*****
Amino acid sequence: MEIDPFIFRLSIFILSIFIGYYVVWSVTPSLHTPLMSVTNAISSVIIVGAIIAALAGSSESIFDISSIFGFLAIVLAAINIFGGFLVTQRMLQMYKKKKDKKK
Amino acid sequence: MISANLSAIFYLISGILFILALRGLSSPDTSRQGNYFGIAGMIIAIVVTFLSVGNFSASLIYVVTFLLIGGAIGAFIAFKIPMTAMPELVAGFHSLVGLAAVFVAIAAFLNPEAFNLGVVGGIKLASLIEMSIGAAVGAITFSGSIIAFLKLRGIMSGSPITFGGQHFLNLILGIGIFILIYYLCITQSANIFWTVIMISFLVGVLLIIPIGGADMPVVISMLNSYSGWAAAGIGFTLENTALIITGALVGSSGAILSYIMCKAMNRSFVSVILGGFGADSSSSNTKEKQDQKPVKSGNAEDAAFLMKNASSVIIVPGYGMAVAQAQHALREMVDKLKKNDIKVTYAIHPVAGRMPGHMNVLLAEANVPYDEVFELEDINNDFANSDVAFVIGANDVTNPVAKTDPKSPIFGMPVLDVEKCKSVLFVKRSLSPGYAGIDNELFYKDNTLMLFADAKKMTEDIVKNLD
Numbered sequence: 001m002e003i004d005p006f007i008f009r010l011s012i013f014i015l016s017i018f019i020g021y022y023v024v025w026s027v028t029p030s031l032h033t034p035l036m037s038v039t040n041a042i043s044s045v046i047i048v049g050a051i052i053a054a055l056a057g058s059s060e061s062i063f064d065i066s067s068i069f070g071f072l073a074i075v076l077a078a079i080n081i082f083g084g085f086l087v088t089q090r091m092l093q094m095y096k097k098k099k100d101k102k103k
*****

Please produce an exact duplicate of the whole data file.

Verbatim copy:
Amino acid sequence: MEIDPFIFRLSIFILSIFIGYYVVWSVTPSLHTPLMSVTNAISSVIIVGAIIAALAGSSESIFDISSIFGFLAIVLAAINIFGGFLVTQRMLQMYKKKKDKKK
Amino acid sequence: MISANLSAIFYLISGILFILALRGLSSPDTSRQGNYFGIAGMIIAIVVTFLSVGNFSASLIYVVTFLLIGGAIGAFIAFKIPMTAMPELVAGFHSLVGLAAVFVAIAAFLNPEAFNLGVVGGIKLASLIEMSIGAAVGAITFSGSIIAFLKLRGIMSGSPITFGGQHFLNLILGIGIFILIYYLCITQSANIFWTVIMISFLVGVLLIIPIGGADMPVVISMLNSYSGWAAAGIGFTLENTALIITGALVGSSGAILSYIMCKAMNRSFVSVILGGFGADSSSSNTKEKQDQKPVKSGNAEDAAFLMKNASSVIIVPGYGMAVAQAQHALREMVDKLKKNDIKVTYAIHPVAGRMPGHMNVLLAEANVPYDEVFELEDINNDFANSDVAFVIGANDVTNPVAKTDPKSPIFGMPVLDVEKCKSVLFVKRSLSPGYAGIDNELFYKDNTLMLFADAKKMTEDIVKNLD
Numbered sequence: 001m002e003i004d005p006f007i008f009r010l011s012i013f014i015l016s017i018f019i020g021y022y023v024v025w026s027v028t029p030s031l032h033t034p035l036m037s038v039t040n041a042i043s044s045v046i047i048v049g050a051i052i053a054a055l056a057g058s059s060e061s062i063f064d065i066s067s068i069f070g071f072l073a074i075v076l077a078a079i080n081i082f083g084g085f086l087v088t089q090r091m092l093q094m095y096k097k098k099k100d101k102k103k